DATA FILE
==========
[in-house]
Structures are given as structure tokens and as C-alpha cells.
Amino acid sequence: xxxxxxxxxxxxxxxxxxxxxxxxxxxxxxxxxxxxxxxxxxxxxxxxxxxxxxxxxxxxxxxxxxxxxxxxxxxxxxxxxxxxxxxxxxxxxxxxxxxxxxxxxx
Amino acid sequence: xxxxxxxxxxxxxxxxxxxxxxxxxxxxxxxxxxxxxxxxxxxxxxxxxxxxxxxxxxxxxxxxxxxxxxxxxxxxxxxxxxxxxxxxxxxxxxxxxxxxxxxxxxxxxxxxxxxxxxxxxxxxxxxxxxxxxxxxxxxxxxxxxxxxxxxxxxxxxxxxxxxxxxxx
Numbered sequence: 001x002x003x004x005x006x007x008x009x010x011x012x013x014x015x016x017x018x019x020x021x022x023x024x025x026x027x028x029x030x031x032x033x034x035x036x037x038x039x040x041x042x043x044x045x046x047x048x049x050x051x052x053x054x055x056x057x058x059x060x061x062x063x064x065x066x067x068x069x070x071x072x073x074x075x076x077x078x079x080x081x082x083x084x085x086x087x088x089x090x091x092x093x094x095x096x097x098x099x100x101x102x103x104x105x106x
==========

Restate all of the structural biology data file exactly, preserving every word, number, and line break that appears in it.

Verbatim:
[in-house]
Structures are given as structure tokens and as C-alpha cells.
Amino acid sequence: xxxxxxxxxxxxxxxxxxxxxxxxxxxxxxxxxxxxxxxxxxxxxxxxxxxxxxxxxxxxxxxxxxxxxxxxxxxxxxxxxxxxxxxxxxxxxxxxxxxxxxxxxx
Amino acid sequence: xxxxxxxxxxxxxxxxxxxxxxxxxxxxxxxxxxxxxxxxxxxxxxxxxxxxxxxxxxxxxxxxxxxxxxxxxxxxxxxxxxxxxxxxxxxxxxxxxxxxxxxxxxxxxxxxxxxxxxxxxxxxxxxxxxxxxxxxxxxxxxxxxxxxxxxxxxxxxxxxxxxxxxxx
Numbered sequence: 001x002x003x004x005x006x007x008x009x010x011x012x013x014x015x016x017x018x019x020x021x022x023x024x025x026x027x028x029x030x031x032x033x034x035x036x037x038x039x040x041x042x043x044x045x046x047x048x049x050x051x052x053x054x055x056x057x058x059x060x061x062x063x064x065x066x067x068x069x070x071x072x073x074x075x076x077x078x079x080x081x082x083x084x085x086x087x088x089x090x091x092x093x094x095x096x097x098x099x100x101x102x103x104x105x106x